4An estimated 280,000 Somali immigrants live in the European Union, Norway and Switzerland, largely due to a steady flow of asylum seekers. The EU, Norway and Switzerland are home to 14% of the world’s Somali migrant population. Since 2008, these countries have received nearly 140,000 asylum applications from Somalis, according to the EU’s statistical agency Eurostat. The annual flow of Somali asylum seekers has held relatively steady since this benchmark year, but their destination countries within Europe have changed. In 2015, Germany and Sweden received about half of these Somali asylum seekers. In earlier years, the Netherlands and Italy were more common destinations for Somali asylum seekers.

5The U.S. Somali immigrant community continues to grow. Estimates from the United Nations indicate that the total number living in the U.S. was around 2,500 in 1990, but had grown to between 140,000 and 150,000 by 2015. In all, the U.S. is home to about 7% of the world’s Somali migrant population. Between fiscal years 2001 and 2015, the U.S. admitted more than 90,000 refugees from Somalia, according to the U.S. Office of Refugee Resettlement. This refugee flow continues today, with nearly 9,000 refugees from Somalia entering the U.S. in fiscal 2015. The U.S. also approved 1,645 green cards in 2014 for Somalis sponsored by U.S. citizen immediate family members, according to the Department of Homeland Security.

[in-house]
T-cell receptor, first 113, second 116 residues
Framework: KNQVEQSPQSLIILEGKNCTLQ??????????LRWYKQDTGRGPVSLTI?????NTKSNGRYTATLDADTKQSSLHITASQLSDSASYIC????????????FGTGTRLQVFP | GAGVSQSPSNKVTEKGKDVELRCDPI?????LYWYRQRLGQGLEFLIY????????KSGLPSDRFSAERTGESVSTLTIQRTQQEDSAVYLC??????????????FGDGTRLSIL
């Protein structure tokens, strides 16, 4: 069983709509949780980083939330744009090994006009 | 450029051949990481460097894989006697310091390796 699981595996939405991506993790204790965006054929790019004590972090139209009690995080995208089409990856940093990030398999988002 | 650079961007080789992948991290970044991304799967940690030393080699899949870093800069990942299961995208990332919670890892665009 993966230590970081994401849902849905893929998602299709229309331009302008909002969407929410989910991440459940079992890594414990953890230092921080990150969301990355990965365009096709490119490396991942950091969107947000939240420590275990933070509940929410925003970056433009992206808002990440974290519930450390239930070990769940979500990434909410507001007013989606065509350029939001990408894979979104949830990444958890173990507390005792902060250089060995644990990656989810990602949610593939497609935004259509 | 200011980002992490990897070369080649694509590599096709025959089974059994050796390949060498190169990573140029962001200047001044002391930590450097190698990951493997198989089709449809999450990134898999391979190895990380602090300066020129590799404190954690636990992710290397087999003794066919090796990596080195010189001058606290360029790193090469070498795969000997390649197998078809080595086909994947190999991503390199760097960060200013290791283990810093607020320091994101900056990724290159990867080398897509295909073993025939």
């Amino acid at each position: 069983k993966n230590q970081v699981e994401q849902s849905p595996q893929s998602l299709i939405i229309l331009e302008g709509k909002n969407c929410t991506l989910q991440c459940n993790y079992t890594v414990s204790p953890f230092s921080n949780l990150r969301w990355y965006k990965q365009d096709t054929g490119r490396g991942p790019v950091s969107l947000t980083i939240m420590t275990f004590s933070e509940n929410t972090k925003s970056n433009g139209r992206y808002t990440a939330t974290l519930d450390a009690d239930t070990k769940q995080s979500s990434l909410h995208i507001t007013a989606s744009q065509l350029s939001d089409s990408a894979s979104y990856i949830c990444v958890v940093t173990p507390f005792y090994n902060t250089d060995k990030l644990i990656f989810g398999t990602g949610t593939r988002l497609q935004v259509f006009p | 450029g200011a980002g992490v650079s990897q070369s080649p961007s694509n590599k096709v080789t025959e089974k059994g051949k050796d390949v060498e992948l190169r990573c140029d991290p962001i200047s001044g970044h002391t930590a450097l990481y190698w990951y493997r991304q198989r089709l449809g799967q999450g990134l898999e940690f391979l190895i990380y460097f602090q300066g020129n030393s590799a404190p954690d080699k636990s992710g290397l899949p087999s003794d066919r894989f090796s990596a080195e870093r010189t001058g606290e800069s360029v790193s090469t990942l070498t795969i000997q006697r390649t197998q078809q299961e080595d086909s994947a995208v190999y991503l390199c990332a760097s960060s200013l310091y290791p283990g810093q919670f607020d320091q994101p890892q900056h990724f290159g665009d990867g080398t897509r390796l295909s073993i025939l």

Category: 5 Facts

Topics: Immigration Trends, Sub-Saharan Africa, Wars and International Conflicts

  1. Photo of Phillip Connor

    is a research associate focusing on demography and migration studies at Pew Research Center.

  2. Photo of Jens Manuel Krogstad

    is a writer/editor focusing on Hispanics, immigration and demographics at Pew Research Center.

2 Comments

  1. sinnathamby sundaralingam6 months ago

    Somali political instability start long ago, thousands of them left early for many countries , nearly thirty years ago. Their communities accept early and multiple marriages, which results usually in produces many children, which increases their families number very faster. Now a days many emmigrants from middle east and Africa were not lucky as Somalis , and not accepted in many countries like those days.

  2. Dreighton Rosier6 months ago

    The stresses on populations in Somali, Syria, Egypt, Libya and many other nations are discussed at length in many different papers. The stress manifesting in the form of social conflict, resource shortages, economic difficulties to name a few of the more obvious.

    The root cause of the stress is never identified or explored.

    The intelligence of Pew’s resources would be much better applied to seeking identity of the root causes. In my opinion that cause is over population, not over crowding which is much worse, but populations with existential needs that exceed the resources of the areas they occupy.

    The process of migration from those areas to apparently more desirable venues is, in fact, a transfer of over population. If those questions are not addressed now they will impose themselves onto the global debate after it is too late.